Letter from men at Central New York Psychiatric Center — effectively stand up for their rights and demand change

The shadow prisoners at the Gulag in Marcy, New York are formally demanding better treatment.  The following letter was sent by a committee of men who are organizing themselves at the Central New York Psychiatric Center.  Just Future applauds their concise articulation of concrete demands coupled with clear citations to the statutory language being violated.  This letter might serve as an example for the people in the other 20 systems of pre-crime preventative detention on how to effectively stand up for their rights and demand change. To: Director DEBORAH McCULLOCH c/o JEFFERY NOWICKI August 1, 2019 From: SOTP RESIDENT LIAISON…

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Lawsuit, Ballot Initiative Seek to Reform Felon Disenfranchisement in Florida | Prison Legal News

In 1868, in response to the abolition of slavery following the Civil War (except for prisoners), Florida enshrined in its constitution the permanent disenfranchisement of people convicted of a felony.  The deprivation of felons’ voting rights was combined with Black Codes that criminalized offenses state lawmakers believed were mostly committed by blacks, as a means of sending freed slaves to prison and ensuring they could not vote. While the civil rights movement helped to change racial attitudes, Florida has held strong to its disenfranchisement policy.  It is one of only four states, the others being Iowa, Kentucky and Virginia, to…

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Are We All Sex Offenders? | TEDx CUNY 2015

Galen Baughman was the first person living on the registry to tell his story on the TED stage. We have included the text from his talk here along with the video.  Are We All Sex Offenders? Galen Baughman | NYC 2015 Capture the audience… Three and a half years ago, I was sitting alone in a cell in Arlington, VA waiting for a trail that would determine whether I would spend the rest of my life in prison. Unlike most trials, this one didn’t come at the beginning of my encounter with our legal system, but at the very end….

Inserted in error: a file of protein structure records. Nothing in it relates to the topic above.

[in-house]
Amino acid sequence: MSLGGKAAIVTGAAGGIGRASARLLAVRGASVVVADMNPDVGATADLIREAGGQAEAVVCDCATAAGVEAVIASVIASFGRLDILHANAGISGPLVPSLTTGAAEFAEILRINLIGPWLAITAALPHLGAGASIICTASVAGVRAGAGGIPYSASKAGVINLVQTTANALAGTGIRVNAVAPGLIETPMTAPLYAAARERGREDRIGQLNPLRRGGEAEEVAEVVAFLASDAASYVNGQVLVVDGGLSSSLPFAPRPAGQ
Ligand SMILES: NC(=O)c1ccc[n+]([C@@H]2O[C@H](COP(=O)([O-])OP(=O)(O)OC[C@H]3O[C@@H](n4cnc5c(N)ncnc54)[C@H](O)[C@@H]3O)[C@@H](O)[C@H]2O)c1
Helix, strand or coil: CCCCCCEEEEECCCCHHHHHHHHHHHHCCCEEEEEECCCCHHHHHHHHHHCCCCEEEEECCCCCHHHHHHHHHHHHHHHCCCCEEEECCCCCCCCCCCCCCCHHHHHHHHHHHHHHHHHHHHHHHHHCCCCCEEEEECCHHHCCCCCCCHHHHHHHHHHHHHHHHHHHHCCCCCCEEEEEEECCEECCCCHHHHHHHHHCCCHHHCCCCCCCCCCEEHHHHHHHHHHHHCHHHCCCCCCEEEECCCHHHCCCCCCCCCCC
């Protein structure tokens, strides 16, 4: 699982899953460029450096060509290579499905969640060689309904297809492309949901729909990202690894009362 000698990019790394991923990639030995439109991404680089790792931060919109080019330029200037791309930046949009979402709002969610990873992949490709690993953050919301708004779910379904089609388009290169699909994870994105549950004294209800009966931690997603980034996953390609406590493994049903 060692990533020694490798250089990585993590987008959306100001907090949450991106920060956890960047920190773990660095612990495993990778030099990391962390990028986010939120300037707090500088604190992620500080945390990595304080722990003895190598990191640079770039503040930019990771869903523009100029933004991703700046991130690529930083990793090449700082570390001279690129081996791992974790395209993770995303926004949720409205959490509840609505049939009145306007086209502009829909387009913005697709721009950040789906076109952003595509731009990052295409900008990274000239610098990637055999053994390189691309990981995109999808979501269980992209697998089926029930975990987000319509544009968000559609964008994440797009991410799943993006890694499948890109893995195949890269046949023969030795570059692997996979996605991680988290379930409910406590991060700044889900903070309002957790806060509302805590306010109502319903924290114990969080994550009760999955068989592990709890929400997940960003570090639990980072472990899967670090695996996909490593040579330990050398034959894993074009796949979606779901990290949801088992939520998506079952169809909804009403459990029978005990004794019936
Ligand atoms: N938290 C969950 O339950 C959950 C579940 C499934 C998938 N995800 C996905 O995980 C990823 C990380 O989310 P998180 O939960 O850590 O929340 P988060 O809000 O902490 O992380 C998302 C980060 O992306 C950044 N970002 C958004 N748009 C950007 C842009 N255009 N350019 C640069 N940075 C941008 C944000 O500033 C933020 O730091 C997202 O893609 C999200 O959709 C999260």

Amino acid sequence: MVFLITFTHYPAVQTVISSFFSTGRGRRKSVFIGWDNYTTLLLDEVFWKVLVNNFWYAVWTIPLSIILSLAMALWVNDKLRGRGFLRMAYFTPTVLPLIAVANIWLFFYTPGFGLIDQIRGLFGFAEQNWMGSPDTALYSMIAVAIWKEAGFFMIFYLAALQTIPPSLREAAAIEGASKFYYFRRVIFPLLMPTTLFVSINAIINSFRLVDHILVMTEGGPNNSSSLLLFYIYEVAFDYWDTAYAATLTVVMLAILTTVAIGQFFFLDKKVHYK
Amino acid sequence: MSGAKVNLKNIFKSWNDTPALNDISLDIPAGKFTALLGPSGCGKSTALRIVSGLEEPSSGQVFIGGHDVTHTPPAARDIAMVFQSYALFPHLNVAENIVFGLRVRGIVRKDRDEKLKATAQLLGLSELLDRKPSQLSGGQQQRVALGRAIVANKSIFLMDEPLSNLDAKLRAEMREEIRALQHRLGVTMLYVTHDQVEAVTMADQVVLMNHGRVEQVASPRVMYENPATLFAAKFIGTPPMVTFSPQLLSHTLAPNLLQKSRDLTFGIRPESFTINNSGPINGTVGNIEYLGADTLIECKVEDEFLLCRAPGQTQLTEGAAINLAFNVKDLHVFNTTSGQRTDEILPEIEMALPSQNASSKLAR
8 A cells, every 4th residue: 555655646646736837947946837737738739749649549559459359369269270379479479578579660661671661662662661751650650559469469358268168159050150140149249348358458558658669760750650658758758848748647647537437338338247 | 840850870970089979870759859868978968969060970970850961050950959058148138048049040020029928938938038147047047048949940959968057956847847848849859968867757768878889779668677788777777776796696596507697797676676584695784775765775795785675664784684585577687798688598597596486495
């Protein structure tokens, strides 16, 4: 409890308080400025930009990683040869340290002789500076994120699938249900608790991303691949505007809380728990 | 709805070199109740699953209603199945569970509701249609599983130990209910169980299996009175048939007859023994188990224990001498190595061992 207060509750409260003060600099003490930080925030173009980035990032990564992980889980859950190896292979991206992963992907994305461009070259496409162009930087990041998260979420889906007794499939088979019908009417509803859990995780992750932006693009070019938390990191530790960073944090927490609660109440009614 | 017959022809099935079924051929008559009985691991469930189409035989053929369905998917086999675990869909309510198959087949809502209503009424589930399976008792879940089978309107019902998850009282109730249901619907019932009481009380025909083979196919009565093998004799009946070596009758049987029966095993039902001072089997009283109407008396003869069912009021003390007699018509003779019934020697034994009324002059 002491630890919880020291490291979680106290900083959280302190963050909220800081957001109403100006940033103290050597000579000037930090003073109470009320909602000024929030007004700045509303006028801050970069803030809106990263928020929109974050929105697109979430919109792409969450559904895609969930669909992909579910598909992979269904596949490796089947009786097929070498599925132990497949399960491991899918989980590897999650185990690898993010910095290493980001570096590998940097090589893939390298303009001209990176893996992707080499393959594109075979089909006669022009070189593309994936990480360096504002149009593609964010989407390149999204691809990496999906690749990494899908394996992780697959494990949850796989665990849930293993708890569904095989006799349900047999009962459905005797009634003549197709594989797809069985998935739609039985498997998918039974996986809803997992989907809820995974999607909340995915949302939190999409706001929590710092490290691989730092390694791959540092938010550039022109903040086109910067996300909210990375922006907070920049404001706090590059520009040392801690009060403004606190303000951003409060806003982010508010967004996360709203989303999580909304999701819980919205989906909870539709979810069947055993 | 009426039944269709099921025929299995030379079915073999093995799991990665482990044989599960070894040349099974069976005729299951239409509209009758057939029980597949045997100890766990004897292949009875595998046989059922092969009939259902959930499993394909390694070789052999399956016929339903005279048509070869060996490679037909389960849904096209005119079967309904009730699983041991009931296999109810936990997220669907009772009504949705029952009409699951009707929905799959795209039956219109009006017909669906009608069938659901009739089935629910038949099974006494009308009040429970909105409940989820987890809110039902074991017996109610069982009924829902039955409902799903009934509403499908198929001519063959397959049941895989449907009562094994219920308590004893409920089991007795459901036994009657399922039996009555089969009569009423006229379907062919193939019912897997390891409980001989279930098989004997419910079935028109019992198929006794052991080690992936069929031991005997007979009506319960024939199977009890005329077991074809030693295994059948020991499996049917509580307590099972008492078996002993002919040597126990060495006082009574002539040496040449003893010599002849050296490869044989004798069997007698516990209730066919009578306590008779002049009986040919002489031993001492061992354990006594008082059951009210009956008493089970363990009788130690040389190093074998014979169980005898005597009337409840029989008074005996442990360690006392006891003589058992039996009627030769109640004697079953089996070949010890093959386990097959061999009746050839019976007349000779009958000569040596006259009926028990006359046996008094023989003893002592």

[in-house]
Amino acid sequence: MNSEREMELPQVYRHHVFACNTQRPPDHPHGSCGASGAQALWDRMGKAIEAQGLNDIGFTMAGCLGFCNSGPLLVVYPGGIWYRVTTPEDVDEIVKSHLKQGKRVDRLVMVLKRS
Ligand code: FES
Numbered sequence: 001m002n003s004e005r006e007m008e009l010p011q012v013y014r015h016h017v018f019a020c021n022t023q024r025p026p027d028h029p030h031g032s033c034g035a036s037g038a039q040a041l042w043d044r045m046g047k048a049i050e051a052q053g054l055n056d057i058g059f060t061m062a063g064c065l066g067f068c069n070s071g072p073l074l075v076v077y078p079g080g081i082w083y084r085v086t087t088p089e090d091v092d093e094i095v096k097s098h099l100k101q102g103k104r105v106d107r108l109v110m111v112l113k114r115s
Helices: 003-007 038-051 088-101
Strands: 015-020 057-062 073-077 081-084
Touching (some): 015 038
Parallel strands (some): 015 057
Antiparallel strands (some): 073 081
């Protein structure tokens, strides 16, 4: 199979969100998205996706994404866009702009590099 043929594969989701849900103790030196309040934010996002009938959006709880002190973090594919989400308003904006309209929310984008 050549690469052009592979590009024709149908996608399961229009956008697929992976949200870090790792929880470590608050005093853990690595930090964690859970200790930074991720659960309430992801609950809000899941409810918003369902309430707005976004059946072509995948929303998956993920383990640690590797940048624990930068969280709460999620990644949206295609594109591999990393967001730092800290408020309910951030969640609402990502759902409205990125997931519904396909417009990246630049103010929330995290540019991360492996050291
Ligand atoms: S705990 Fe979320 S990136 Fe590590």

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Our Deeply Flawed Civil Commitment System | Cato Institute

David Prescott acknowledges that sexual offender civil commitment has many inherent problems. If we’re going to lock someone up, we must be sure that it’s for a good reason. Yet even by these programs’ stated rationales, governments might do better with a less restrictive means of treatment. Surprisingly, this appears true even for high-risk offenders. Many who are so committed could and should live better lives in the community, and not in a confining institution, and yet this option rarely exists. Release rates are also shockingly low. A genuine prospect of release would do much to help the morale of…

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Texas Uses Failed Private Prison to Hold Civilly Committed Sex Offenders | Prison Legal News

In 2015, Texas converted its outpatient program for civilly committed sex offenders into a “tiered” treatment program, in which participants start out in a “total confinement facility” at twice the cost of the original program. The state awarded Correct Care Solutions a $24 million contract to provide housing and treatment at the Texas Civil Commitment Center (TCCC) in Littlefield, formerly a failed private prison known as the Bill Clayton Detention Facility. Correct Care had just acquired GEO Care, a subsidiary of the GEO Group – a for-profit prison firm whose 2009 abandonment of the Littlefield facility had almost forced the…

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Questionable Commitments | Cato Institute